In early August 2018, the Centers for Medicare and Medicaid Services (CMS) announced it will allow Medicare Advantage plans to implement “step therapy” for drugs covered by Medicare Parts B and D. Under the proposed changes, plans will be permitted to require patients to attempt a less expensive treatment option before they can be prescribed a more expensive one. Medicare Advantage plans administered by private health insurers also could require that a cheaper Part B therapy is used before a more expensive Part B therapy.
The changes were implemented as part of the Trump administration’s plan to lower prescription drug prices by offering Medicare an opportunity to negotiate better deals for patients, according to CMS Administrator Seema Verma, MPH. “It may help [Medicare Advantage plans] negotiate better discounts, encourage drugmakers to lower costs, and encourage patients to choose high-value medications,” she said.
The new policy would take effect in January 2019, although details are still scarce.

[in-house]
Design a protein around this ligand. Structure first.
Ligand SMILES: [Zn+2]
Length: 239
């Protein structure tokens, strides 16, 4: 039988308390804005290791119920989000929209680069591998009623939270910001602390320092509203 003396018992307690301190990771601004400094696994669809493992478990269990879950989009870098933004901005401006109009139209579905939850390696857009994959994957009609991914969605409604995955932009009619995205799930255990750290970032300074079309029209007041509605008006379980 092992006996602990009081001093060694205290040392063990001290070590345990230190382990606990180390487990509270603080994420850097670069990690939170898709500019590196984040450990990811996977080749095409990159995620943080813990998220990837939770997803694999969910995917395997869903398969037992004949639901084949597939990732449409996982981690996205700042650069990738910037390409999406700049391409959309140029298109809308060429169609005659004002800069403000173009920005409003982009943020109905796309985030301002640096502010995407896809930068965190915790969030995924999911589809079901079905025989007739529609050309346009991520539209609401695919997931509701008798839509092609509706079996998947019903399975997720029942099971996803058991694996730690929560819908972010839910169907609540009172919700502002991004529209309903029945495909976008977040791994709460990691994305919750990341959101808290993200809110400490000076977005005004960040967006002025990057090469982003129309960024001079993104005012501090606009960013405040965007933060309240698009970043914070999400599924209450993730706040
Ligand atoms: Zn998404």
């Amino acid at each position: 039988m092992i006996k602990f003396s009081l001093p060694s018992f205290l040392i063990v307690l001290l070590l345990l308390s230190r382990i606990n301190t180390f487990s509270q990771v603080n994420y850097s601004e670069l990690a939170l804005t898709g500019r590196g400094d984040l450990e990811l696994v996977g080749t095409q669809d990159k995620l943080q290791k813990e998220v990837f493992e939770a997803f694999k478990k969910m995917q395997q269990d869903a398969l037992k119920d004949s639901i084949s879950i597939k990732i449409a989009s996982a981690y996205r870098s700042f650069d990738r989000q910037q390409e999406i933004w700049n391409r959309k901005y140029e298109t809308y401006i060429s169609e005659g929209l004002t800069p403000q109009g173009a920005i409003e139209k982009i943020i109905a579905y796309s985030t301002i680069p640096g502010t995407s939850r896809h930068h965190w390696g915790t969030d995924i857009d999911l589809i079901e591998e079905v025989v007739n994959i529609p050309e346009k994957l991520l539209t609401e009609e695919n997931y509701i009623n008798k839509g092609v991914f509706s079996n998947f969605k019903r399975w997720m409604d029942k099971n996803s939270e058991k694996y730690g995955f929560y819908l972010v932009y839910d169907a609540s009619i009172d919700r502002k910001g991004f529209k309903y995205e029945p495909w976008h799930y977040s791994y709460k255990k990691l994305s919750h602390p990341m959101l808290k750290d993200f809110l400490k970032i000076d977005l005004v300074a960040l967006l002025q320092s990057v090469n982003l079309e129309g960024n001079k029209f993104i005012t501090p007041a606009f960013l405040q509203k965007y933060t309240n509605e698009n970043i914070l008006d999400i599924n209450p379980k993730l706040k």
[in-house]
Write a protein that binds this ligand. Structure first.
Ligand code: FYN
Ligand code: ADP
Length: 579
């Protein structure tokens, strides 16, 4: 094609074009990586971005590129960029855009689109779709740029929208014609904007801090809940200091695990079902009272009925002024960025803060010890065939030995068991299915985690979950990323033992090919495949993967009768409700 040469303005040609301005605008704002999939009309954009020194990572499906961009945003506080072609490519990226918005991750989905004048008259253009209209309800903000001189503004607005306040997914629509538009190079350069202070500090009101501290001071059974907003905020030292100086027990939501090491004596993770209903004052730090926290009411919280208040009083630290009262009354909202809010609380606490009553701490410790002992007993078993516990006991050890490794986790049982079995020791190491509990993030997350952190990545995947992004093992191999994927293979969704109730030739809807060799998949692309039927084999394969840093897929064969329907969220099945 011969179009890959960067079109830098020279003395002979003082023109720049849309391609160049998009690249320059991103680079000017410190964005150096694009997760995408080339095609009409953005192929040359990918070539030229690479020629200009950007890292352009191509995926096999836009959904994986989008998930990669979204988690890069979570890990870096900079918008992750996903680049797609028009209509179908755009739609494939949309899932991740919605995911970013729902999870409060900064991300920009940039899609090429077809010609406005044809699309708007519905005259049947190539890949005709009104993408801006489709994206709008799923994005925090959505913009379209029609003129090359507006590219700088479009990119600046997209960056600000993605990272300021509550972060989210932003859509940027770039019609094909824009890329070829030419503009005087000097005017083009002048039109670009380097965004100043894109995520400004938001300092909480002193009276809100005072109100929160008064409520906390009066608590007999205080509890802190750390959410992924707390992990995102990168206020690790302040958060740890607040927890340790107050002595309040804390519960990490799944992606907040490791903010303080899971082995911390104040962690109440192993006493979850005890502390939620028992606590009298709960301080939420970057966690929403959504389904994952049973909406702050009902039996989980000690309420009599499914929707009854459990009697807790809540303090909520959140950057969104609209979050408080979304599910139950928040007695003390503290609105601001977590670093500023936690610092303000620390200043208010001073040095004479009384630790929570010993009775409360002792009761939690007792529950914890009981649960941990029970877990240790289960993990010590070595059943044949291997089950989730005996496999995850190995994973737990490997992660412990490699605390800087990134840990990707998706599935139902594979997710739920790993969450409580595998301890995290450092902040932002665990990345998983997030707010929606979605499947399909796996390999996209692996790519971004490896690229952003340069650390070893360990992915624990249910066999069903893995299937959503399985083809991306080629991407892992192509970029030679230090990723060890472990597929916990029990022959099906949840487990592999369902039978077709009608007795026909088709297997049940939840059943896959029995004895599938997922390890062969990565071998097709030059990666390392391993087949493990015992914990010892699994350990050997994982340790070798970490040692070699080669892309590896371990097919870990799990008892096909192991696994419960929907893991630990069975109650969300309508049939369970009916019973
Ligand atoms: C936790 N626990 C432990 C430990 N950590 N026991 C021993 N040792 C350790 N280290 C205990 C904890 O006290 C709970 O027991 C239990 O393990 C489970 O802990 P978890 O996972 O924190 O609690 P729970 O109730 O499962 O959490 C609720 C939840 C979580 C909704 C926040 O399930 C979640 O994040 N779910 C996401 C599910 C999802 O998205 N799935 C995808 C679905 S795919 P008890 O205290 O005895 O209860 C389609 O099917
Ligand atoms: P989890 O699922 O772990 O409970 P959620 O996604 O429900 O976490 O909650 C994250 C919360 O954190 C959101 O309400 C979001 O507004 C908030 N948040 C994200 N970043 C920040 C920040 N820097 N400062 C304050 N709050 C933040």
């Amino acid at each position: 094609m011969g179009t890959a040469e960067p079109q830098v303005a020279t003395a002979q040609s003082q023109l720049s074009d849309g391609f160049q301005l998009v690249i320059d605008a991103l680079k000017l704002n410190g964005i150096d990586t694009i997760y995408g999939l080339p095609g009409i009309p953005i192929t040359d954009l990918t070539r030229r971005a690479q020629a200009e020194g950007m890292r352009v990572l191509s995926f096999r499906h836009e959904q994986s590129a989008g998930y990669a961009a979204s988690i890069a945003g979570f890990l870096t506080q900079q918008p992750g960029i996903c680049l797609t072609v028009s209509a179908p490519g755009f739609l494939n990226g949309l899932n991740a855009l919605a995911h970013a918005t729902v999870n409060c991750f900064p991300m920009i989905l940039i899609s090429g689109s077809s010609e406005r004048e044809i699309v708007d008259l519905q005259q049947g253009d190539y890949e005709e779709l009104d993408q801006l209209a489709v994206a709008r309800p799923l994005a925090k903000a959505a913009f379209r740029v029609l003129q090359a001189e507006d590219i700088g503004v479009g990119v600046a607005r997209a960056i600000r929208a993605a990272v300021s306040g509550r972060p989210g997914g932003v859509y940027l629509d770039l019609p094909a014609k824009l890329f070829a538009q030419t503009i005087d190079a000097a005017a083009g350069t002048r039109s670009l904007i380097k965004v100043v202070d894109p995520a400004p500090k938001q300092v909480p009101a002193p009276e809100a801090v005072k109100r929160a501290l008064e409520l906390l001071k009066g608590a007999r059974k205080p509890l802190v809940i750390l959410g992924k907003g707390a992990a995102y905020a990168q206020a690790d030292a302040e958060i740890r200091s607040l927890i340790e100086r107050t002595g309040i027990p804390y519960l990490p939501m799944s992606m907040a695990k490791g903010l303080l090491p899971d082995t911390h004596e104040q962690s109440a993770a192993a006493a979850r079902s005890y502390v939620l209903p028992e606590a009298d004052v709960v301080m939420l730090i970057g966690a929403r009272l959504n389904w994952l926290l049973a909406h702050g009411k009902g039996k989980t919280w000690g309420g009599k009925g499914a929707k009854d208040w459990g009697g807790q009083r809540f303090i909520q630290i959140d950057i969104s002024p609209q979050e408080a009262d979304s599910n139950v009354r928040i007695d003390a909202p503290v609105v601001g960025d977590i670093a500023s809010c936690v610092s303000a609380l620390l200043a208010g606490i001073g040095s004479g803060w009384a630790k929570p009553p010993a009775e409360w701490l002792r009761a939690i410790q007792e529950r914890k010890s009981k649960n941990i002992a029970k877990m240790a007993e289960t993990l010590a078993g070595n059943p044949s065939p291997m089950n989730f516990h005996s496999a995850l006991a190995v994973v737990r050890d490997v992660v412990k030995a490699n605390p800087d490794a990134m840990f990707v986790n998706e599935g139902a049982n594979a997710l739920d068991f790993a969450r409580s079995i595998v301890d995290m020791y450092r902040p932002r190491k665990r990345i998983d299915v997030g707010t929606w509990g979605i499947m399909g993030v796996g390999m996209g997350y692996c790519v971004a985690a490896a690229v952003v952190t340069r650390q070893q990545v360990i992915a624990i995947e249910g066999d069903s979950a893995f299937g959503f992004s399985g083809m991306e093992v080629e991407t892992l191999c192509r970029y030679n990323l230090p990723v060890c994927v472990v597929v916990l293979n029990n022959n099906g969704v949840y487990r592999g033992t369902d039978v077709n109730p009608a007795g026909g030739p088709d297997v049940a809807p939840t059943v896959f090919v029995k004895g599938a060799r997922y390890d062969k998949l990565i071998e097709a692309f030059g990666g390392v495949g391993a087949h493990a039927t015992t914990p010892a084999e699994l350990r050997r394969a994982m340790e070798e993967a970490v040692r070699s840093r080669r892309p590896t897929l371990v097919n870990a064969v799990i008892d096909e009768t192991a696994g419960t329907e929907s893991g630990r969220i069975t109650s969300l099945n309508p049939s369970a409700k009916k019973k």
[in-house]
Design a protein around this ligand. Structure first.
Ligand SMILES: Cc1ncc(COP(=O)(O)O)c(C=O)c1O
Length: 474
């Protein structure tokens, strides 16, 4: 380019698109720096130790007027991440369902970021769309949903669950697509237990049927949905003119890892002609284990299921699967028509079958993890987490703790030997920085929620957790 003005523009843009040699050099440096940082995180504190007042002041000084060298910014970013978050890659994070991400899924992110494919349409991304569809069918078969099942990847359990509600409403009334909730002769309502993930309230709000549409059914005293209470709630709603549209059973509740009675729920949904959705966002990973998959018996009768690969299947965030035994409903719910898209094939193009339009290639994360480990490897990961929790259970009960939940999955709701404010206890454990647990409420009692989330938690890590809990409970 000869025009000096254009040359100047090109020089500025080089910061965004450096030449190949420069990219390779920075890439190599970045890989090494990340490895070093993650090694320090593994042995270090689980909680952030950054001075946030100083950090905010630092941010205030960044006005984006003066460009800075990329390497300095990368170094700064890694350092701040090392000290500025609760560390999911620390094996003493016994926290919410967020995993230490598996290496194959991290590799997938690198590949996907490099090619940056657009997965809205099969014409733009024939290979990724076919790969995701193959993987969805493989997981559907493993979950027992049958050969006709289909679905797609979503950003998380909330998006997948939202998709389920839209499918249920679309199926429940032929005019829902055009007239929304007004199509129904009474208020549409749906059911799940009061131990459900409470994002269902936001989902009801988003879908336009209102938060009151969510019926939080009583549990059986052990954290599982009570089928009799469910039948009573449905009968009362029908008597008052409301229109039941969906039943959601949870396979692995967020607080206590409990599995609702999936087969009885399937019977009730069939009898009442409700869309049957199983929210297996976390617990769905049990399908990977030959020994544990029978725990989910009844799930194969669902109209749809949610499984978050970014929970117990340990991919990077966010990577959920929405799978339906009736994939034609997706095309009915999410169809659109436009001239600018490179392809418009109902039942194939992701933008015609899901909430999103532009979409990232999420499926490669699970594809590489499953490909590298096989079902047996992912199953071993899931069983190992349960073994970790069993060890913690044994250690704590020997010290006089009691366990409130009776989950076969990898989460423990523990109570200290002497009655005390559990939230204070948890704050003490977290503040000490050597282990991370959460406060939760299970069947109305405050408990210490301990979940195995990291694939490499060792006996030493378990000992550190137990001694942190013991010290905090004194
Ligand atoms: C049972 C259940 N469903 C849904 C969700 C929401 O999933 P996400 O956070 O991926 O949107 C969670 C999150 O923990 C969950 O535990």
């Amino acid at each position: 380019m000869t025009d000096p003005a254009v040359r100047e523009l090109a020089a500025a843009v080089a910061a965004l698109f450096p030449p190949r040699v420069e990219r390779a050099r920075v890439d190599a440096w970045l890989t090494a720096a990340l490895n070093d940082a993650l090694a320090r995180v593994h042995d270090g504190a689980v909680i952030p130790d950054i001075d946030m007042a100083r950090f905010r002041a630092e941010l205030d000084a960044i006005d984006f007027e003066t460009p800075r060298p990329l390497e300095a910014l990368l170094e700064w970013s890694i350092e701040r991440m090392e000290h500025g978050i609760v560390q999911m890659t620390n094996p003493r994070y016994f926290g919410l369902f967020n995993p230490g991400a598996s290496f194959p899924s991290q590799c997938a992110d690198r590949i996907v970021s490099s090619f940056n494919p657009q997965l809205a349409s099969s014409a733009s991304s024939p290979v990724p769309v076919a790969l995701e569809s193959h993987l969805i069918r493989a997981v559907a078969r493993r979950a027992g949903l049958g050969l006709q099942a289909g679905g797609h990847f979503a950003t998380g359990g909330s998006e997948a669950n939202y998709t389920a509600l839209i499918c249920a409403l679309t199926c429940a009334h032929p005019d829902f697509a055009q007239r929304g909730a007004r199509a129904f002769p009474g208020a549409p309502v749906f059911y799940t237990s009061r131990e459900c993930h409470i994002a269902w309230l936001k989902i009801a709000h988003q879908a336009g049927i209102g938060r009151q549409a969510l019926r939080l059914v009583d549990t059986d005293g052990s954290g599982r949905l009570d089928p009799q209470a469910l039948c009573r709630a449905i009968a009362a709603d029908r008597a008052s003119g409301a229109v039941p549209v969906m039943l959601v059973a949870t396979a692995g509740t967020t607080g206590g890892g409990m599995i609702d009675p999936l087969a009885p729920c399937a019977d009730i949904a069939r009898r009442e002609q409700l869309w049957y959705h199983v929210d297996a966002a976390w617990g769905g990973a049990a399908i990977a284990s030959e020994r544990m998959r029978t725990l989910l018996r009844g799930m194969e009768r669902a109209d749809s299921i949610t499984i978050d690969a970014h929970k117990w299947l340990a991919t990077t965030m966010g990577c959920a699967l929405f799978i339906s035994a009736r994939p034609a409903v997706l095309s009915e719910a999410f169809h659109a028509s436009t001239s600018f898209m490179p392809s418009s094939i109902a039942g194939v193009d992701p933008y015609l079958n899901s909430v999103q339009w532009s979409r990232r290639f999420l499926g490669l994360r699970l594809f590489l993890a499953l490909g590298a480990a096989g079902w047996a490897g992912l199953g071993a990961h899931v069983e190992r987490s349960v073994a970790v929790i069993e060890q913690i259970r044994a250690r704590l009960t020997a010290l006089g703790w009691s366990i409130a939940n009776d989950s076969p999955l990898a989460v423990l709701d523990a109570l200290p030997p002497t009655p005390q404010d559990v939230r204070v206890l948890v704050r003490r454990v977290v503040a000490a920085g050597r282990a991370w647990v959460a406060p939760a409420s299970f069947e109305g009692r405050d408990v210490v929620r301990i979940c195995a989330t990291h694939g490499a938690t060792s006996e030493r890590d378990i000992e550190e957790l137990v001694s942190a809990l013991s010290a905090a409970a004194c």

Patient groups, drug manufacturers, and others have expressed skepticism that step therapy would lower drug prices or protect patients’ interests. Soon after the decision was announced, more than 90 medical societies, including the American Society of Hematology, co-signed a letter asking CMS to retain a 2012 policy that prohibits these plans from using step therapy.
“[Patients with cancer] should not be forced to ‘fail first’ on a drug that is known not to work for them before they are allowed to take the recommended treatment,” said Chris Hansen, president of the American Cancer Society Cancer Action Network, a co-signer of the letter.
Drug manufacturers also voiced their opposition. The Pharmaceutical Research and Manufacturers of America (PhRMA) said it has “serious concerns” with the new policy, arguing that the program would only delay access to needed medicines.
At least one advocacy group, though, supported the changes. “I understand [the concerns] because I have a disease that will kill me if not treated correctly,” said David Mitchell, president of Patients for Affordable Drugs. “But if science says drugs are equally effective, I’m okay starting with the cheaper one.”
Sources: CMS memo, August 7, 2018; Reuters, August 7, 2018; The Hill, August 9, 2018; Cancer Therapy Advisor, September 12, 2018.